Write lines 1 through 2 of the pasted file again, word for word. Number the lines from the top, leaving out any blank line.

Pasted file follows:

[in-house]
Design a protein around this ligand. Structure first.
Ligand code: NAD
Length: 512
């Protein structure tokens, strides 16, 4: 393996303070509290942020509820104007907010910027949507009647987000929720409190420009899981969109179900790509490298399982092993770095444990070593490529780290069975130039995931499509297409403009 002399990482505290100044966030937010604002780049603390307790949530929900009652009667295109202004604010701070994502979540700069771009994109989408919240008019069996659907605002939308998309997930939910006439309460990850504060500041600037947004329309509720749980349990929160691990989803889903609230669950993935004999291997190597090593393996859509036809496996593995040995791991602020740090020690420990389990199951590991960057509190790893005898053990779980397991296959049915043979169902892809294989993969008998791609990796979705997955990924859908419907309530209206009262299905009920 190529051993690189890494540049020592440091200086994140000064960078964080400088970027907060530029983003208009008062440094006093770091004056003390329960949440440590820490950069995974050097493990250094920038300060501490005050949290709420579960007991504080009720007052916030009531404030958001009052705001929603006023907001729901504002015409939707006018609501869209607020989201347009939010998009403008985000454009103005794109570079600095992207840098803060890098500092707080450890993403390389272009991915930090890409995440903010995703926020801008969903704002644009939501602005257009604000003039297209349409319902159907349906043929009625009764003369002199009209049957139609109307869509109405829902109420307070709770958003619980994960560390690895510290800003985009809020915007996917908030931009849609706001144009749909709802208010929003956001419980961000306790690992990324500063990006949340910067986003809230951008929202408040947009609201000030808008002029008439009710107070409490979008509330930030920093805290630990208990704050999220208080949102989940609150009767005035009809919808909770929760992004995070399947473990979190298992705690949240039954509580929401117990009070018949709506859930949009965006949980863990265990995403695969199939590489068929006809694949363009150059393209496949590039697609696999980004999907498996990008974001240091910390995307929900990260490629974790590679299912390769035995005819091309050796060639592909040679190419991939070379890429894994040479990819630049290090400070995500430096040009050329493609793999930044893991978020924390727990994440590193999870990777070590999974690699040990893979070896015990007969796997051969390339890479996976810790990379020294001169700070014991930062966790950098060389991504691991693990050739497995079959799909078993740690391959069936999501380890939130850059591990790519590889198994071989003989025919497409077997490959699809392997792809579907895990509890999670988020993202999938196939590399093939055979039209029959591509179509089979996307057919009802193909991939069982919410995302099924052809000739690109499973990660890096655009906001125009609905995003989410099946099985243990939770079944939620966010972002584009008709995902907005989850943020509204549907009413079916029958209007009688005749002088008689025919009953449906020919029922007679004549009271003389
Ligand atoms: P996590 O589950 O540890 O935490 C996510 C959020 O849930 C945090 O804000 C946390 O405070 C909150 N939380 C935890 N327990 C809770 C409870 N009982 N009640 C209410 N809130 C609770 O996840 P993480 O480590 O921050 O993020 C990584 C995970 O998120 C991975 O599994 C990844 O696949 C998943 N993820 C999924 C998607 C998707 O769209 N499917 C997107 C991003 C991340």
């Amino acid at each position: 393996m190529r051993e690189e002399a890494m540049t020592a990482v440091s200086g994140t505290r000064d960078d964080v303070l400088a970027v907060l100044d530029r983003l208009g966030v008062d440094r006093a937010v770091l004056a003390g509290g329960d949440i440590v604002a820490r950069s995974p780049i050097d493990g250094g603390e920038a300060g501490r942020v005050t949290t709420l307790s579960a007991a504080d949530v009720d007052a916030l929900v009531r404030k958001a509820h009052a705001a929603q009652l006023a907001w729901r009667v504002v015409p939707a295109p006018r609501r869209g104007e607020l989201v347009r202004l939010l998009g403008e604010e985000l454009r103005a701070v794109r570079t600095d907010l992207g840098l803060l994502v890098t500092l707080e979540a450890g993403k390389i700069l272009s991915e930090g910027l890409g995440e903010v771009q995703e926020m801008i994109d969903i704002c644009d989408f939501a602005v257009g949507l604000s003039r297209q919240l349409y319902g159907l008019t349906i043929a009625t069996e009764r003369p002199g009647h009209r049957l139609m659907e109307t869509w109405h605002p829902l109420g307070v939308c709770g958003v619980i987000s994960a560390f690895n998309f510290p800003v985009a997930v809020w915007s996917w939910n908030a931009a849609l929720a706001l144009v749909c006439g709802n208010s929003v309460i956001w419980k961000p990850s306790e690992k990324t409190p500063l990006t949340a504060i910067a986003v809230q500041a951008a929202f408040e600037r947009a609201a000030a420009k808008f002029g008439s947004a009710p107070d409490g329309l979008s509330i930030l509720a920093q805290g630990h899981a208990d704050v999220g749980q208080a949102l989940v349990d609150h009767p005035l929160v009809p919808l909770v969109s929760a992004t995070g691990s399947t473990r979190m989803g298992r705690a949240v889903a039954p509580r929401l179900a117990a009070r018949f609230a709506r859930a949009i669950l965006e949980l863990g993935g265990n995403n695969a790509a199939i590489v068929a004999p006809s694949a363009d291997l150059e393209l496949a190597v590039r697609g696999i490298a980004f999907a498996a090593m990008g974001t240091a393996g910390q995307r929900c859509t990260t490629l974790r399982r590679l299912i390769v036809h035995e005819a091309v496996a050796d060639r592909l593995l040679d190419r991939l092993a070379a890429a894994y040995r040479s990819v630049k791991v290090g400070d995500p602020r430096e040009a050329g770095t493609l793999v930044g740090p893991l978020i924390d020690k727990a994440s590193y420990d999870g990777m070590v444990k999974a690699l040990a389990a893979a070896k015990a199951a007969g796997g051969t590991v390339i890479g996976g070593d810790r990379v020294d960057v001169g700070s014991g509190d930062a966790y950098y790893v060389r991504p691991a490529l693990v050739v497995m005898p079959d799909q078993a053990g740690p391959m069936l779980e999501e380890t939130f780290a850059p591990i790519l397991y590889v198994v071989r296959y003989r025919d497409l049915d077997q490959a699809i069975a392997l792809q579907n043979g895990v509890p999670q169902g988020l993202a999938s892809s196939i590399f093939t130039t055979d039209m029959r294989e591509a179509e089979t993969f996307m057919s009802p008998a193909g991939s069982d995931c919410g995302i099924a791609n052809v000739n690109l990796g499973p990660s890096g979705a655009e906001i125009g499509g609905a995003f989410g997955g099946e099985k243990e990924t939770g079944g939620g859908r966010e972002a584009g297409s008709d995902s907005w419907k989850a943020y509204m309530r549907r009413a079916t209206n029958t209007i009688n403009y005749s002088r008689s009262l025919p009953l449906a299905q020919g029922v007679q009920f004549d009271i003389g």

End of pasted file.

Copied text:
[in-house]
Design a protein around this ligand. Structure first.